Admiral Arleigh A. Burke's Persuasion Tactics

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Admiral Arleigh A. Burke was born on October 19, 1901, in Boulder, Colorado. Burke grew up in Boulder in a fairly difficult environment – “He attended a one room elementary school through the eighth grade and then high school…”(“Admiral Arleigh A Burke”). Arleigh had other ideas for his future – “…farming fitted neither his talents nor desires, he sought and received a congressional appointment to the US Naval Academy.” (“Admiral Arleigh A Burke, USN”). Upon his high school graduation, he attended the Naval Academy in June 1919, and then graduated 71st out of 413 in the class of 1923. He served five years on the USS Arizona (BB-39), USS Procyon (AG-11), USS Chester (CA-27), USS Antares and USS Argonne (AG’s), before he served on USS Craven …show more content…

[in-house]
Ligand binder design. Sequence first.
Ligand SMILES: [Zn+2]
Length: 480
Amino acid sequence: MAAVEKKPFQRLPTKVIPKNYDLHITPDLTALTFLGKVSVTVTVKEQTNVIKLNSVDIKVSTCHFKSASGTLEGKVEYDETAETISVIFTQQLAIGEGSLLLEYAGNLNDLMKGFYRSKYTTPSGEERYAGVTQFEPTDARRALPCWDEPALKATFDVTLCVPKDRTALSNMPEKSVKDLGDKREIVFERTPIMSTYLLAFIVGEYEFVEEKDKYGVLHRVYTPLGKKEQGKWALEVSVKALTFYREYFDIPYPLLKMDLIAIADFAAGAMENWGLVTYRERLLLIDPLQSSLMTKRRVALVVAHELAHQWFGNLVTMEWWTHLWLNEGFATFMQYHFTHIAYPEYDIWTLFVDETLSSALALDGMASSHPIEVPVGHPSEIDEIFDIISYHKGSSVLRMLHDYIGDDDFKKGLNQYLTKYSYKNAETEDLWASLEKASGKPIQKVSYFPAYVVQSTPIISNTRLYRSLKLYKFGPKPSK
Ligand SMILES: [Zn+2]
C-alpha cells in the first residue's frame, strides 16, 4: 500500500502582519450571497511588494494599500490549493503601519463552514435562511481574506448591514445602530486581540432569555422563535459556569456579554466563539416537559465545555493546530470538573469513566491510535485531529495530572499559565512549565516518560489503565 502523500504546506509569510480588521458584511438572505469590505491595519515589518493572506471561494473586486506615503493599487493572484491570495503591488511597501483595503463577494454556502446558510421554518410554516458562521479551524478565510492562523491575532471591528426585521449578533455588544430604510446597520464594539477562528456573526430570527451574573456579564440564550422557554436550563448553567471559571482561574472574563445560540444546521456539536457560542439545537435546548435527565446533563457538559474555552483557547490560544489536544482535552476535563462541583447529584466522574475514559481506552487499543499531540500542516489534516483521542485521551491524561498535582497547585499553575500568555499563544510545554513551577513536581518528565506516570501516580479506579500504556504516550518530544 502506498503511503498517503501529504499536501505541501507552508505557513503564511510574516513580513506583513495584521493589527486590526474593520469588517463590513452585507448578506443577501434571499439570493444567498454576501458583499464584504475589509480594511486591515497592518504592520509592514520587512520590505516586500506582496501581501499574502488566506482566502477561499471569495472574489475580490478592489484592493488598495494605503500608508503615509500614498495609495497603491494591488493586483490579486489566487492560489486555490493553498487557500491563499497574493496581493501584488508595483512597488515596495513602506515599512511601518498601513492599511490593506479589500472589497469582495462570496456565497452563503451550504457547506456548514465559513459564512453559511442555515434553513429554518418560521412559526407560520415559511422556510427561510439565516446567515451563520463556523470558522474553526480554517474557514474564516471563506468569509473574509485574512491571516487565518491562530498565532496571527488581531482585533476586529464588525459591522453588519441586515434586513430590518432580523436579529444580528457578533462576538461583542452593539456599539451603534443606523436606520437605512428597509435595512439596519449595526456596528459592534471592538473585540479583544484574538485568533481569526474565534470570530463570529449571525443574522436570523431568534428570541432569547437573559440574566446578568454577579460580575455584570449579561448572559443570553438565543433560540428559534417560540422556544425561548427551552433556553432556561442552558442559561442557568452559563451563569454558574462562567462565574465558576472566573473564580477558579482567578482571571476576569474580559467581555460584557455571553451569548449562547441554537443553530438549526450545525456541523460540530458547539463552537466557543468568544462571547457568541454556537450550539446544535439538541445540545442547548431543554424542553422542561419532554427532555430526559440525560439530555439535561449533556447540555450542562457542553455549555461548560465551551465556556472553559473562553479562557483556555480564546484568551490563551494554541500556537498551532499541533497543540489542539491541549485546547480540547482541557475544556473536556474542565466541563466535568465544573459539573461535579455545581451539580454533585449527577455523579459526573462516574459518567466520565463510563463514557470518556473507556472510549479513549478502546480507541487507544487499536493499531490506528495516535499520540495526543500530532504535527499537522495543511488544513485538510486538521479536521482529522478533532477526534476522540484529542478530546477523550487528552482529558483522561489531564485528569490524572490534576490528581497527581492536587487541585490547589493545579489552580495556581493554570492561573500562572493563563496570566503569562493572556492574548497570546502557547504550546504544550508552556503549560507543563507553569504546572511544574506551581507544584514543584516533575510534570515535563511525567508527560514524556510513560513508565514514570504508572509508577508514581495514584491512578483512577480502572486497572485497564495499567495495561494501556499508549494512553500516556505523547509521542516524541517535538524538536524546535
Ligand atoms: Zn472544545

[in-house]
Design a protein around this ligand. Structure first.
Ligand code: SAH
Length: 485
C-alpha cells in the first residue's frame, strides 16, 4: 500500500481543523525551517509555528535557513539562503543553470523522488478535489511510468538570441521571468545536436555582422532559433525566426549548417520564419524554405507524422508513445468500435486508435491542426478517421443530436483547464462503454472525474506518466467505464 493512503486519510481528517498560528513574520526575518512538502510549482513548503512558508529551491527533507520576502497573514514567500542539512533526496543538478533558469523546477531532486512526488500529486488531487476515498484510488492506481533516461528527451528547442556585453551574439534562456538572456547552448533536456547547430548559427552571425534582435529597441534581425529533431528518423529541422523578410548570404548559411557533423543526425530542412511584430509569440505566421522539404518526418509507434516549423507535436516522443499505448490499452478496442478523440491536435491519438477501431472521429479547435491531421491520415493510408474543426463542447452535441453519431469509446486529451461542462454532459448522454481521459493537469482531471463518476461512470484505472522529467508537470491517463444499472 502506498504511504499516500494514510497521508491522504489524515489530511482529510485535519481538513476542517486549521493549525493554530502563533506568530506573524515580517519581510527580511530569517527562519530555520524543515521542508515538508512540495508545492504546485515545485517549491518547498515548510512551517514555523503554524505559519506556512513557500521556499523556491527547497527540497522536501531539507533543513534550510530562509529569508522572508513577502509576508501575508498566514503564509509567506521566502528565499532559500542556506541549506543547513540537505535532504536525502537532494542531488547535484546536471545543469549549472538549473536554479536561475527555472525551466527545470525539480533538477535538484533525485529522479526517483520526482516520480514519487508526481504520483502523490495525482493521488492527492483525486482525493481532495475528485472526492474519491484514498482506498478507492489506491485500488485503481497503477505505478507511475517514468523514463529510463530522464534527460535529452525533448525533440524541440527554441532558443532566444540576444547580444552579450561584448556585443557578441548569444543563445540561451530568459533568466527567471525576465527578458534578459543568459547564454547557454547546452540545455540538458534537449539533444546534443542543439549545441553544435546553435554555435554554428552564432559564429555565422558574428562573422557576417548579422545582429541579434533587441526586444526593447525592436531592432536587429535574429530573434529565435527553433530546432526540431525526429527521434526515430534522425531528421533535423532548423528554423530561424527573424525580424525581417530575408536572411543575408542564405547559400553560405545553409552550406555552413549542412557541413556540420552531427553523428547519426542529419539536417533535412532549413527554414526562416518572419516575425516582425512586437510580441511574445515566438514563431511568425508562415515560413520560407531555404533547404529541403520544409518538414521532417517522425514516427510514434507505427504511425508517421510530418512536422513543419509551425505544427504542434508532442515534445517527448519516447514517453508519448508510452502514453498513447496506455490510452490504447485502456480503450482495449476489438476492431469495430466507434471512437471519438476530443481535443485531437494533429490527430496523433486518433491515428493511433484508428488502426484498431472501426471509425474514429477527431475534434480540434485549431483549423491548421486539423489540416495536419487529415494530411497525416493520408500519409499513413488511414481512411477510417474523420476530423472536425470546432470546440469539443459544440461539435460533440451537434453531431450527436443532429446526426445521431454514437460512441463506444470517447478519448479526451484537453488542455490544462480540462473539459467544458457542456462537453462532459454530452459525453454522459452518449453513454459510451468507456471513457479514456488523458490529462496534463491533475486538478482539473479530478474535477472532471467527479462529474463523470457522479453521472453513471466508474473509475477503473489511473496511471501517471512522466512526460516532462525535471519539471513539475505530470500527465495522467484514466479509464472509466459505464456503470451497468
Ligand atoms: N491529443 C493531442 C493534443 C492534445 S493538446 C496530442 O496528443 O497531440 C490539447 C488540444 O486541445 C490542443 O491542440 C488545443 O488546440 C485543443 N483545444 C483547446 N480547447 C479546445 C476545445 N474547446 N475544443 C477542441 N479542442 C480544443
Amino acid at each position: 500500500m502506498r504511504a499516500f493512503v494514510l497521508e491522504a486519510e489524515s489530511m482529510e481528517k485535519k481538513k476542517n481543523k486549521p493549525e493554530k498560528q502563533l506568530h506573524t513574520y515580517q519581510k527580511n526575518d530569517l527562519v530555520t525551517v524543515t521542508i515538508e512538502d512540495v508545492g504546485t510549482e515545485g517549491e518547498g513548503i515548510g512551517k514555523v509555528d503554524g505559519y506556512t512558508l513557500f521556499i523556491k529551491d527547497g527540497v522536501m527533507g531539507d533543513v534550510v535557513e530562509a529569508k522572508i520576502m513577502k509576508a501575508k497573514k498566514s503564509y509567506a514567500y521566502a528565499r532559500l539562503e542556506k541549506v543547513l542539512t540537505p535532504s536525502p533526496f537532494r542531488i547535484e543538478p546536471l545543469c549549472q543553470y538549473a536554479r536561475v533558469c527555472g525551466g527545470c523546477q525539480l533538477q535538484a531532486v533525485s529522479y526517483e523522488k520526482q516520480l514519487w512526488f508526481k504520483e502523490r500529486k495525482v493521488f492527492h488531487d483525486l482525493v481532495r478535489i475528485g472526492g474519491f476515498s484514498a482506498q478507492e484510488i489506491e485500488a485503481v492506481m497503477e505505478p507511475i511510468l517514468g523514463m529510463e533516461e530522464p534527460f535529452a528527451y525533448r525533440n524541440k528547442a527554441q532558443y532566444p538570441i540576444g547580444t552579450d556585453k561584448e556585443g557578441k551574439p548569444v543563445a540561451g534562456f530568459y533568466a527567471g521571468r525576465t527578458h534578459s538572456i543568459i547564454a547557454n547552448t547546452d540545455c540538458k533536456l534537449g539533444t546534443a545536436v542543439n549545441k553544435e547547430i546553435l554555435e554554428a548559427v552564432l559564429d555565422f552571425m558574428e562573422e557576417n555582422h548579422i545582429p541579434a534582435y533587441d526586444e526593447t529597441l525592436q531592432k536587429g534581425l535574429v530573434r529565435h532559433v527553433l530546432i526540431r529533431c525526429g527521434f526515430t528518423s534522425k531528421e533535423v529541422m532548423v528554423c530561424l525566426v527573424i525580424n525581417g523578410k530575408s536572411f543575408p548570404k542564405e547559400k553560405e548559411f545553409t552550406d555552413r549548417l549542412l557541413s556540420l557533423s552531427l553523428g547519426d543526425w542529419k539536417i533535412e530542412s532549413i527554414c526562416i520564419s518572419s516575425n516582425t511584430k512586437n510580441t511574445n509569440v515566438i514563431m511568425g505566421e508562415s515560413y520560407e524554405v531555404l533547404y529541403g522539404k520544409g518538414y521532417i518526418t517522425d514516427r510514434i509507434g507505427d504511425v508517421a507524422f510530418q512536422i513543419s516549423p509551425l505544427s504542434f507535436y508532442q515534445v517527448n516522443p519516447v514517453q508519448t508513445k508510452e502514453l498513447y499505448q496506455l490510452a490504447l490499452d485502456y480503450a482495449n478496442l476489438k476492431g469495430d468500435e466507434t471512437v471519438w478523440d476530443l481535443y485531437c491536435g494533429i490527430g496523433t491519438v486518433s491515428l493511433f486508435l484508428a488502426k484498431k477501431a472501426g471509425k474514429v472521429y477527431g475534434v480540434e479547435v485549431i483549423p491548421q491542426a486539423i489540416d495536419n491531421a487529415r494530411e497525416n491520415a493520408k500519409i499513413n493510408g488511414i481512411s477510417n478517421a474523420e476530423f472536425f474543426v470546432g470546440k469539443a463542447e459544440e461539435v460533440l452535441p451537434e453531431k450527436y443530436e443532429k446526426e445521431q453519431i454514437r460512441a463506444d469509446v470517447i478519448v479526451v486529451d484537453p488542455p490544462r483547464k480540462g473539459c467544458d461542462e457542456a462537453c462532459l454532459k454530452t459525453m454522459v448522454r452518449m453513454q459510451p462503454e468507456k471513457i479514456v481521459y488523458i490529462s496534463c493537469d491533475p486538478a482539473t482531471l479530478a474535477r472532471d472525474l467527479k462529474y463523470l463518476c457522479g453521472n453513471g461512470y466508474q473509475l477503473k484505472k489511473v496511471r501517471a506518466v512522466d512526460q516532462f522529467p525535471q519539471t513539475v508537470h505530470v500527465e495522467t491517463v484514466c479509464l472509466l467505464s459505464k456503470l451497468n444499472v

Admiral Burke had a vision for the Navy, with consideration to the rising power through communism and materialization of nuclear weapons and power. He used rational persuasion tactics through written arguments to the government, so he may be provided with the necessary resources to improve the strength of the Navy. Due to growth in nuclear power, “He orchestrated the move to an all-nuclear powered submarine fleet and sought to transition surface combatant ship to nuclear propulsion as well, including aircraft carriers.” (Shaarda, “Admiral Arleigh Burke”). This transition allowed for the Navy to become stealthier when it came to submarine operations and gave them more power, thus making them more efficient and capable of outperforming the enemy. The Movement toward nuclear propulsion on surface combatant ships and aircraft carriers allowed for higher travel velocity and extended fuel life. Burke pushed to improve the weapon systems. “He directed the development…of new technology and weapons systems…a naval intermediate-range ballistic missile system eventually named Polaris.” (Shaarda, “Admiral Arleigh Burke”). With this weapon system, the U.S. Navy gained the capability to launch a missile guided by trajectory coordinates, carrying a nuclear warhead. This gave the U.S. far more advanced nuclear power than opposing countries, making the U.S. a supreme military power. However, military supremacy was not the only objective on Burke’s agenda. “He also continued to fight movements within the Department of Defense to centralize individual service operational authority under the Secretary of defense.” (Shaarda, “Admiral Arleigh Burke”). In order to accomplish this, he

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